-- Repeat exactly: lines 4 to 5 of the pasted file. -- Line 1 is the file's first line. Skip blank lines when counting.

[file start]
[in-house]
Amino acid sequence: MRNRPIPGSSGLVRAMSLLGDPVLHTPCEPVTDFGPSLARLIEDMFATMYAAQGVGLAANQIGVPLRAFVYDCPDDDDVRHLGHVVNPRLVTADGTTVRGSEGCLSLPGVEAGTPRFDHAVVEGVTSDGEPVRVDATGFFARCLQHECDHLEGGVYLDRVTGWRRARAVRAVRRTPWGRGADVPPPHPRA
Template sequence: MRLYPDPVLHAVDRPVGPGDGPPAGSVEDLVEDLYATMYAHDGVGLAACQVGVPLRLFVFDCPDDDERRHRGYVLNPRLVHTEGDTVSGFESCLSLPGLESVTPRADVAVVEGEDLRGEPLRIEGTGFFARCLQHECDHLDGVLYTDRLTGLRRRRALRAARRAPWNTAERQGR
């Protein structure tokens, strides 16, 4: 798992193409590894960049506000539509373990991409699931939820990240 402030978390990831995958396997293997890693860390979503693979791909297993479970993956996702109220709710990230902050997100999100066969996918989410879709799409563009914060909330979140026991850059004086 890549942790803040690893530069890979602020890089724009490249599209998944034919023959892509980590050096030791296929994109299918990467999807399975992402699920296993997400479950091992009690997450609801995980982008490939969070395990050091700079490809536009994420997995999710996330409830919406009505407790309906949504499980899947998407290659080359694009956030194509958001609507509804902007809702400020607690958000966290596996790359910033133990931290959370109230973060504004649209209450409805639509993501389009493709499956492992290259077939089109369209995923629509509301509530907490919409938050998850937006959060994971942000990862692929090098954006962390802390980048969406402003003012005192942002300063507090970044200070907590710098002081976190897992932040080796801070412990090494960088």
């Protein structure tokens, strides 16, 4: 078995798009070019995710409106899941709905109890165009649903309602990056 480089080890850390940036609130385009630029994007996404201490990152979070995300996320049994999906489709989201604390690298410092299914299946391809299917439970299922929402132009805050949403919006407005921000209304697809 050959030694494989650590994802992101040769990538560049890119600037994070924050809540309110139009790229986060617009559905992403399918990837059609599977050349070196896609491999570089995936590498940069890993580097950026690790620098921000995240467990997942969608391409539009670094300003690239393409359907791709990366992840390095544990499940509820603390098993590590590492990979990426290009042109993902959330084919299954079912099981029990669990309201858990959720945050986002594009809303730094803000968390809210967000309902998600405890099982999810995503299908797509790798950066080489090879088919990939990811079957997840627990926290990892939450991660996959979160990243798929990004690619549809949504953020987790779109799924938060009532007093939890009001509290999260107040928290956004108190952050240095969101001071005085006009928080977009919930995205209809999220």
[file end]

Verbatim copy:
């Protein structure tokens, strides 16, 4: 798992193409590894960049506000539509373990991409699931939820990240 402030978390990831995958396997293997890693860390979503693979791909297993479970993956996702109220709710990230902050997100999100066969996918989410879709799409563009914060909330979140026991850059004086 890549942790803040690893530069890979602020890089724009490249599209998944034919023959892509980590050096030791296929994109299918990467999807399975992402699920296993997400479950091992009690997450609801995980982008490939969070395990050091700079490809536009994420997995999710996330409830919406009505407790309906949504499980899947998407290659080359694009956030194509958001609507509804902007809702400020607690958000966290596996790359910033133990931290959370109230973060504004649209209450409805639509993501389009493709499956492992290259077939089109369209995923629509509301509530907490919409938050998850937006959060994971942000990862692929090098954006962390802390980048969406402003003012005192942002300063507090970044200070907590710098002081976190897992932040080796801070412990090494960088």
């Protein structure tokens, strides 16, 4: 078995798009070019995710409106899941709905109890165009649903309602990056 480089080890850390940036609130385009630029994007996404201490990152979070995300996320049994999906489709989201604390690298410092299914299946391809299917439970299922929402132009805050949403919006407005921000209304697809 050959030694494989650590994802992101040769990538560049890119600037994070924050809540309110139009790229986060617009559905992403399918990837059609599977050349070196896609491999570089995936590498940069890993580097950026690790620098921000995240467990997942969608391409539009670094300003690239393409359907791709990366992840390095544990499940509820603390098993590590590492990979990426290009042109993902959330084919299954079912099981029990669990309201858990959720945050986002594009809303730094803000968390809210967000309902998600405890099982999810995503299908797509790798950066080489090879088919990939990811079957997840627990926290990892939450991660996959979160990243798929990004690619549809949504953020987790779109799924938060009532007093939890009001509290999260107040928290956004108190952050240095969101001071005085006009928080977009919930995205209809999220």